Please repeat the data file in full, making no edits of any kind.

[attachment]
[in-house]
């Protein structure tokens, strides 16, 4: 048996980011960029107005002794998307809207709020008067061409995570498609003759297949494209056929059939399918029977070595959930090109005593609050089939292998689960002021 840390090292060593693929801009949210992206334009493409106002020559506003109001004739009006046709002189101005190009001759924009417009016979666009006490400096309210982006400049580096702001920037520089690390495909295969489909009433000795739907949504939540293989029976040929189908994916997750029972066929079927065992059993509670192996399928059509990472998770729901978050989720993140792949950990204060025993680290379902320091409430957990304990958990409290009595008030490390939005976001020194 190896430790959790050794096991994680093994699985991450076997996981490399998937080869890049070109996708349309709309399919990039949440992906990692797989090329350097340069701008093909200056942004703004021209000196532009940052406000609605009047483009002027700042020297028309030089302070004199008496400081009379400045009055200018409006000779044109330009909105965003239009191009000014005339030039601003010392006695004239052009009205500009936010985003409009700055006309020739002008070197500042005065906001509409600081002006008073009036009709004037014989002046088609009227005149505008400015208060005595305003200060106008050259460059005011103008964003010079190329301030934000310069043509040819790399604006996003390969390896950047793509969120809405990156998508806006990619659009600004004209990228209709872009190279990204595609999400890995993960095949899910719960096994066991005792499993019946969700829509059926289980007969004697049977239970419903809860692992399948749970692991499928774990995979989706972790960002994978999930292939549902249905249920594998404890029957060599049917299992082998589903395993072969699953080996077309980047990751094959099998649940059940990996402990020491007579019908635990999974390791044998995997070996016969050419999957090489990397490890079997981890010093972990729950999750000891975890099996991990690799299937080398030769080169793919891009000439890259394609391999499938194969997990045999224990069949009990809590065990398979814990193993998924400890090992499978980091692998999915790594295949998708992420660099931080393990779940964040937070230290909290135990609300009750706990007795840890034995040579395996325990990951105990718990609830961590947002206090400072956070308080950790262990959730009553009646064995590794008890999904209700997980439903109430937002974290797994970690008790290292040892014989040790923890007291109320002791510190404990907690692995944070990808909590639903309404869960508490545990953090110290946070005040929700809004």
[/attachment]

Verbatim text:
[in-house]
């Protein structure tokens, strides 16, 4: 048996980011960029107005002794998307809207709020008067061409995570498609003759297949494209056929059939399918029977070595959930090109005593609050089939292998689960002021 840390090292060593693929801009949210992206334009493409106002020559506003109001004739009006046709002189101005190009001759924009417009016979666009006490400096309210982006400049580096702001920037520089690390495909295969489909009433000795739907949504939540293989029976040929189908994916997750029972066929079927065992059993509670192996399928059509990472998770729901978050989720993140792949950990204060025993680290379902320091409430957990304990958990409290009595008030490390939005976001020194 190896430790959790050794096991994680093994699985991450076997996981490399998937080869890049070109996708349309709309399919990039949440992906990692797989090329350097340069701008093909200056942004703004021209000196532009940052406000609605009047483009002027700042020297028309030089302070004199008496400081009379400045009055200018409006000779044109330009909105965003239009191009000014005339030039601003010392006695004239052009009205500009936010985003409009700055006309020739002008070197500042005065906001509409600081002006008073009036009709004037014989002046088609009227005149505008400015208060005595305003200060106008050259460059005011103008964003010079190329301030934000310069043509040819790399604006996003390969390896950047793509969120809405990156998508806006990619659009600004004209990228209709872009190279990204595609999400890995993960095949899910719960096994066991005792499993019946969700829509059926289980007969004697049977239970419903809860692992399948749970692991499928774990995979989706972790960002994978999930292939549902249905249920594998404890029957060599049917299992082998589903395993072969699953080996077309980047990751094959099998649940059940990996402990020491007579019908635990999974390791044998995997070996016969050419999957090489990397490890079997981890010093972990729950999750000891975890099996991990690799299937080398030769080169793919891009000439890259394609391999499938194969997990045999224990069949009990809590065990398979814990193993998924400890090992499978980091692998999915790594295949998708992420660099931080393990779940964040937070230290909290135990609300009750706990007795840890034995040579395996325990990951105990718990609830961590947002206090400072956070308080950790262990959730009553009646064995590794008890999904209700997980439903109430937002974290797994970690008790290292040892014989040790923890007291109320002791510190404990907690692995944070990808909590639903309404869960508490545990953090110290946070005040929700809004």